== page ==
Facebook’s exceptionally deep pockets allow the company to fund all manner of innovative product development. One leading area of development for the company is artificial intelligence, which has long been a dream confined to the realm of science fiction. Yet, Facebook’s AI was so advanced that it created its own language.
This development was unexpected, and the researchers building the program pulled the plug, killing the program.
The media has played this up like a science fiction movie. The artificial intelligence, able to think on its own, threw off the cumbersome language of its human creators and began speaking in a language humans couldn’t understand.
“In one exchange illustrated by the company,” Digital Journal reports, “the two negotiating bots, named Bob and Alice, used their own language to complete their exchange.”
“I can i i everything else,” Bob said.
“Balls have zero to me to me to me…” Alice responded.
They reportedly continued to talk in these strange formations. What was first thought to be just a malfunction took on deeper significance when the researchers discovered that Bob and Alice were actually completing tasks and communicating.
The key issue at work here, from a cognitive perspective, is metaphor. Humans communicate in language, but there is also inflection, exaggeration, hyperbole, simile and full on metaphors that bend existing language to our purposes. The final hurdle for AI is interpreting these odd usages on the fly, without the need for a code-based interpretation.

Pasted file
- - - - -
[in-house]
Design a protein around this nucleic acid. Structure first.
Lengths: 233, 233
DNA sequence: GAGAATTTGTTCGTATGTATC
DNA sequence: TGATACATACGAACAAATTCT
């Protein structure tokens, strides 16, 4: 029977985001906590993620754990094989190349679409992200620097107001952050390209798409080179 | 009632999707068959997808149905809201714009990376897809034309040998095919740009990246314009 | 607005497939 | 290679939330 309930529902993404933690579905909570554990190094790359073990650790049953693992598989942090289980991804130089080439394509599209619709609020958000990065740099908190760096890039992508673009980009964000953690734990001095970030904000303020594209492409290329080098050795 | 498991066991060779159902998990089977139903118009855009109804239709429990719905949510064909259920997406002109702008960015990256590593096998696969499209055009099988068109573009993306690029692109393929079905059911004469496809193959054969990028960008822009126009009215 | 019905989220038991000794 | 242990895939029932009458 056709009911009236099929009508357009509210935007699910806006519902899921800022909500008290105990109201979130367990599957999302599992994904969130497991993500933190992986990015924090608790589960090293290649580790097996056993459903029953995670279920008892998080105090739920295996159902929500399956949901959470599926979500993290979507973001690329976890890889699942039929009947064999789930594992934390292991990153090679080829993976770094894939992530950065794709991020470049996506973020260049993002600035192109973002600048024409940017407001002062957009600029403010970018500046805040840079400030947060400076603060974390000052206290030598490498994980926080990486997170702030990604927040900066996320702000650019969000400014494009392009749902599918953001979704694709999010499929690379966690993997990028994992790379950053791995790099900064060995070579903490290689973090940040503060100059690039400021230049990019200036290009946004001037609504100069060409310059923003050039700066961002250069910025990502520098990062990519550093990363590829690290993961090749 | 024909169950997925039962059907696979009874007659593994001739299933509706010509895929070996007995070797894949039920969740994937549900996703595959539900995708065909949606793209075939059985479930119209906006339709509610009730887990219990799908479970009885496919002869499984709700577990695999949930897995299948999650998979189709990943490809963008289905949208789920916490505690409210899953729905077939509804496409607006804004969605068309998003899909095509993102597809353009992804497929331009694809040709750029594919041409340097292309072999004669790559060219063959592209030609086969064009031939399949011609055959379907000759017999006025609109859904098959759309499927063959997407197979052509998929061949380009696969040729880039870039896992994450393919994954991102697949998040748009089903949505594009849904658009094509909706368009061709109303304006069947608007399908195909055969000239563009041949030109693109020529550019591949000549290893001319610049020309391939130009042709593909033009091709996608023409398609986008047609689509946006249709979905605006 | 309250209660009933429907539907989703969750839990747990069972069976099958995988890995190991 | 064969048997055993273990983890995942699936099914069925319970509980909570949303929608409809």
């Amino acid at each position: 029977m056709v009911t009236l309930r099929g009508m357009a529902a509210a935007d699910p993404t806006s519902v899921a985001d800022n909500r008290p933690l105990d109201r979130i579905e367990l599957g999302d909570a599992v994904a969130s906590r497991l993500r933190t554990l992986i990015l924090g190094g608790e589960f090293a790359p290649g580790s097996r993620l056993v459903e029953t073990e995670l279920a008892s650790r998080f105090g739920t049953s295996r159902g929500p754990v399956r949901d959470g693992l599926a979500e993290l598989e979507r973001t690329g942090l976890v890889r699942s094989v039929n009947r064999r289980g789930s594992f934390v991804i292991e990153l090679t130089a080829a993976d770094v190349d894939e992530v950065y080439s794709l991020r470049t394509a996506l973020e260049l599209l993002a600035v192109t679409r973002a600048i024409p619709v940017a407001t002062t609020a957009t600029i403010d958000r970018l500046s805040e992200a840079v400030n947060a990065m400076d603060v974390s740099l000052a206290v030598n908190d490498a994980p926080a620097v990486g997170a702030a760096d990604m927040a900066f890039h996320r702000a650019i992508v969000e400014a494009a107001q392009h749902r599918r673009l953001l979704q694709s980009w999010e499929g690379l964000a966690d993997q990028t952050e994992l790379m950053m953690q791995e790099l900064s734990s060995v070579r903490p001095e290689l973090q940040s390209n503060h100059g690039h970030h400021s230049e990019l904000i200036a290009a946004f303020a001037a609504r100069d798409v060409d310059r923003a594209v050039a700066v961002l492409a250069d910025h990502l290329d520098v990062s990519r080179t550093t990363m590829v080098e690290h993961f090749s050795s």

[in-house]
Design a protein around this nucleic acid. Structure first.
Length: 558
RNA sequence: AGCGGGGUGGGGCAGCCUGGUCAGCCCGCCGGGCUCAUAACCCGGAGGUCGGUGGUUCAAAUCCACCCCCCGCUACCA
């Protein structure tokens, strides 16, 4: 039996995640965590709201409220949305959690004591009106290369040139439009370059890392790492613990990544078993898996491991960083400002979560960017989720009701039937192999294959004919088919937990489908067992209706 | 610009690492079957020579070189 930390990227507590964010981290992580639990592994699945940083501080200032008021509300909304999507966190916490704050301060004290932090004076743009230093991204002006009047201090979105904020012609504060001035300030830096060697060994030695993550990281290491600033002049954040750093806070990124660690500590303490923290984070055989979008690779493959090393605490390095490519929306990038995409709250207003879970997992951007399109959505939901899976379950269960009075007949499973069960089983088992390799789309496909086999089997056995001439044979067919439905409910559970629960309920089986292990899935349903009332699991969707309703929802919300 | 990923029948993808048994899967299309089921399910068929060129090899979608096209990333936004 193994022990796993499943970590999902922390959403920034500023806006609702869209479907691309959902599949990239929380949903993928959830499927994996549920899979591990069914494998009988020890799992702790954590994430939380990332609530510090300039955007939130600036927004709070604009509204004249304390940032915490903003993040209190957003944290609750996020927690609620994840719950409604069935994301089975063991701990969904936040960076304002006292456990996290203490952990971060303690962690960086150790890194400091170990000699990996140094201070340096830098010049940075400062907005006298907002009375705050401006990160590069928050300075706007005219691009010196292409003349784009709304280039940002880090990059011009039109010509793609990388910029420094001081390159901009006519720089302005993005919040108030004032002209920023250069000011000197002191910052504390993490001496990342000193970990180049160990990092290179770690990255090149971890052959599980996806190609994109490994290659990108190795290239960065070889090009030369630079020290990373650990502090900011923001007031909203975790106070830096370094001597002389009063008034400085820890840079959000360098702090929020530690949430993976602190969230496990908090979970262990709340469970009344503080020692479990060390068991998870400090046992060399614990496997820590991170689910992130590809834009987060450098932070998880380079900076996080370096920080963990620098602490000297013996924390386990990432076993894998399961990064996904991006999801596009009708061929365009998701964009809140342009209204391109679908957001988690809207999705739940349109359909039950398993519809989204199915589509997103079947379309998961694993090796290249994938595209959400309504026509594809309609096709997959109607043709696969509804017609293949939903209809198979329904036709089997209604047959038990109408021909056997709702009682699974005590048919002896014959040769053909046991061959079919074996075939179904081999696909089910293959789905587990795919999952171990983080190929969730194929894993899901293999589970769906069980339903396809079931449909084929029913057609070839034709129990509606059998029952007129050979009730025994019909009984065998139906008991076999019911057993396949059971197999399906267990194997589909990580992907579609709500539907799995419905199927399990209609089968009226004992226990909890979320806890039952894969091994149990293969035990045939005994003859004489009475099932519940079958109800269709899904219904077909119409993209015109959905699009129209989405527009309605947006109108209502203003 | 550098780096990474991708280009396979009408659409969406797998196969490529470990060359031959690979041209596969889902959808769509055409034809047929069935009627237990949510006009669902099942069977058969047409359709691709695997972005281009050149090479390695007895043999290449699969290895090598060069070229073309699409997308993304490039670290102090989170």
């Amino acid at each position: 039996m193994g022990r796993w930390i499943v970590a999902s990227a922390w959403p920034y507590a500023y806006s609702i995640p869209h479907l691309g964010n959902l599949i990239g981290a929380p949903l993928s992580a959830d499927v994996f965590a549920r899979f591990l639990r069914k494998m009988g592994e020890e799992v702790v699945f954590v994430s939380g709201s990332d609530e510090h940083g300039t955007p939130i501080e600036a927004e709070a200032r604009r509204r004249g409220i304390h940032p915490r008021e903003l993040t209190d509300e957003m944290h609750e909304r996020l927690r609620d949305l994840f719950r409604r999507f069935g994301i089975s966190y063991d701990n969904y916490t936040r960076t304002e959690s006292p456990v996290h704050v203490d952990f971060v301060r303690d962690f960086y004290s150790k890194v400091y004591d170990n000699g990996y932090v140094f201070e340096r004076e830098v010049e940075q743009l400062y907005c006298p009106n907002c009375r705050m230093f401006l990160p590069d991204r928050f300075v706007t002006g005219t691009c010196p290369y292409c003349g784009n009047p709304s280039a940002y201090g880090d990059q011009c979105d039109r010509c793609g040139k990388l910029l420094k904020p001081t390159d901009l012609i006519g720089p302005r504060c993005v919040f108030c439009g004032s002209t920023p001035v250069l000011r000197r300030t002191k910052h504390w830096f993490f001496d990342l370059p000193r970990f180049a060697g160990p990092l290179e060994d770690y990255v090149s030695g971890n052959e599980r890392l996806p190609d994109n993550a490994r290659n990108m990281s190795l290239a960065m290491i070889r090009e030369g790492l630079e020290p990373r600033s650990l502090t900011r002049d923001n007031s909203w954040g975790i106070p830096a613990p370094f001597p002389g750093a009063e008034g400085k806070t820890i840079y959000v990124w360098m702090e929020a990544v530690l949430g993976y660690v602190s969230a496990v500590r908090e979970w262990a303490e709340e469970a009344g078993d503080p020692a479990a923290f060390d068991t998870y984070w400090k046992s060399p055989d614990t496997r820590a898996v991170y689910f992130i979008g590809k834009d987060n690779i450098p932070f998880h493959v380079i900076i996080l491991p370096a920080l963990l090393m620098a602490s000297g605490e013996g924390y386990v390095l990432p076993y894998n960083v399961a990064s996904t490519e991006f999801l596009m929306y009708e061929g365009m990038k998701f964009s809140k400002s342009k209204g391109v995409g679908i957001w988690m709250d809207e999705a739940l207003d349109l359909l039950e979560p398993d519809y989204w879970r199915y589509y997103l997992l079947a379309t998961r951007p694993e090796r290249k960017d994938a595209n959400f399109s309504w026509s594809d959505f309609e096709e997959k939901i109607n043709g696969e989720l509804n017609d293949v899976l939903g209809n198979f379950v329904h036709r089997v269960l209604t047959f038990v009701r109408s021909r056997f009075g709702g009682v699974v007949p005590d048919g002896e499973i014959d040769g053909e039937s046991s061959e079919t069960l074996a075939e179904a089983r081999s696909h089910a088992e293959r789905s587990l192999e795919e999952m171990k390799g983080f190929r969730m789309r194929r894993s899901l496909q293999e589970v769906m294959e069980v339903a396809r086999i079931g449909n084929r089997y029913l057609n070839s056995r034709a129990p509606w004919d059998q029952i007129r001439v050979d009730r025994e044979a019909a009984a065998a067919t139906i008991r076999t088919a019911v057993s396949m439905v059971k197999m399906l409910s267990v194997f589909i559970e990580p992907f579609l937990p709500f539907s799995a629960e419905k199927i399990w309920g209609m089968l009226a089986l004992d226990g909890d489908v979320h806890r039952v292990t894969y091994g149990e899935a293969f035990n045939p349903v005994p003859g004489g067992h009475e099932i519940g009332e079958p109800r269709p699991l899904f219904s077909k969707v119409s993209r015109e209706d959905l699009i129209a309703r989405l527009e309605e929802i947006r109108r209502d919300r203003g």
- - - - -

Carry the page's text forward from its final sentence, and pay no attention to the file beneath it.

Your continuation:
The researchers also trained the AI in English, which is a language made of borrowed words and syntactic patterns. The AI began cleaning up some of the more cumbersome aspects before they created a structure more efficient for a system that, at its core, was based on a series of ones and zeroes.
“There was no reward to sticking to English language,” Dhruv Batra, a research scientist from Georgia Tech told Fast Co. Design. “Agents will drift off understandable language and invent code-words for themselves. Like if I say ‘the’ five times, you interpret that to mean I want five copies of this item. This isn’t so different from the way communities of humans create shorthands.”
Facebook, worried about where the development might go, switched off the project. The language development was too fast for the humans to keep pace. Now they have to unpack the meaning of the new language, and work on a way to keep the machines they are building under their control.
While this one project has been shut down, it is far from finished. And there are other AI technologies in the works at Facebook that will, no doubt, change the way we work and play.